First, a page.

Difference between revisions of "Circumcision and STDs"

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This article discusses the claims that male [[circumcision]] reduces the incidence of STDs other than HIV/AIDS. For a discussion of the alleged claims made regarding HIV, see [[Circumcision and HIV]].
 
This article discusses the claims that male [[circumcision]] reduces the incidence of STDs other than HIV/AIDS. For a discussion of the alleged claims made regarding HIV, see [[Circumcision and HIV]].
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Attitudes from the early days of opinion-based medicine that have long been disproved in the era of science-based medicine continue to influence thought today. [[Peter Charles Remondino]]'s 1891 book said:
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<blockquote>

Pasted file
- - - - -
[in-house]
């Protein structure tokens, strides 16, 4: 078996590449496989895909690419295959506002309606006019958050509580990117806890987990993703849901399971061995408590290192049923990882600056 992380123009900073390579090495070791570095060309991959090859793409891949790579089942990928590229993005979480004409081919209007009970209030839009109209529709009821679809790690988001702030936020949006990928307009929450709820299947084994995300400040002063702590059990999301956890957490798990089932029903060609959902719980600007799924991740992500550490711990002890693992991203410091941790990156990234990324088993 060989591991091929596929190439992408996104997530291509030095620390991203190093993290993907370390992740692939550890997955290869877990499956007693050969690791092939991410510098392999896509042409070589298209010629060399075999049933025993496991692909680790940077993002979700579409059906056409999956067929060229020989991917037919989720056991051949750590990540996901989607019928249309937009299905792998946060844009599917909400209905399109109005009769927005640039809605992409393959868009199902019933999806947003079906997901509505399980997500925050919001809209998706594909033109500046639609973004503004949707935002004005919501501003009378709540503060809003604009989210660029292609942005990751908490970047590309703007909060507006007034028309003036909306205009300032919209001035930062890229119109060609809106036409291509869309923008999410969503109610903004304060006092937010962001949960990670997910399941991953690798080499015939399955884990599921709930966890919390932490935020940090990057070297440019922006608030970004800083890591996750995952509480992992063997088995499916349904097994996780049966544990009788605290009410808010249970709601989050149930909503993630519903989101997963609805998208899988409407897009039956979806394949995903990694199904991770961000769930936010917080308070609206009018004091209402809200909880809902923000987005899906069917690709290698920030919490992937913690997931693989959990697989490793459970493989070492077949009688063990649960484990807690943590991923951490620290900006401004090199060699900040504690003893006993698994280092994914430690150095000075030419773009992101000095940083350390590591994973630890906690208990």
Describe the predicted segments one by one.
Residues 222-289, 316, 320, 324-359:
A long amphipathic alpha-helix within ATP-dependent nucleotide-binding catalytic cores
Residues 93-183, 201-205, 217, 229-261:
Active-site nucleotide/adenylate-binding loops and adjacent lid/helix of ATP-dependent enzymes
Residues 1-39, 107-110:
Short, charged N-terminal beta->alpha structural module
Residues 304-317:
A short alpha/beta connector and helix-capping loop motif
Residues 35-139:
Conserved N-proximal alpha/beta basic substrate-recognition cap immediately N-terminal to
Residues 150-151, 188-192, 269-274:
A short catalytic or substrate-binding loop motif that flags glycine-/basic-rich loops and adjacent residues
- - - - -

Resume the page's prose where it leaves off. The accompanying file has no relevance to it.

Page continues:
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It is not alone the tight-constricted, glans-deforming, onanism-producing, cancer-generating prepuce that is the particular variety of prepuce that is at the bottom of the ills and ailments, local or constitutional, that may affect man through its presence. The loose, pendulous prepuce, or even the prepuce in the evolutionary stage of disappearance, that only loosely covers one-half of the glans, is as dangerous as his long and constricted counterpart. If we look over the world’s history, since in the latter years of the fifteenth century syphilis came down like a plague, walking with democratic tread through all walks and stations in life, laying out alike royalty or the vagrant, the curled-haired and slashed-doubleted knight, or the tonsured monk, we must conclude that syphilis has caused more families to become extinct than any ordinary plague, black death, or cholera epidemic. Without wishing to enter into a history of syphilis, it is not outside of the province of this book to allude to its frequency and spread.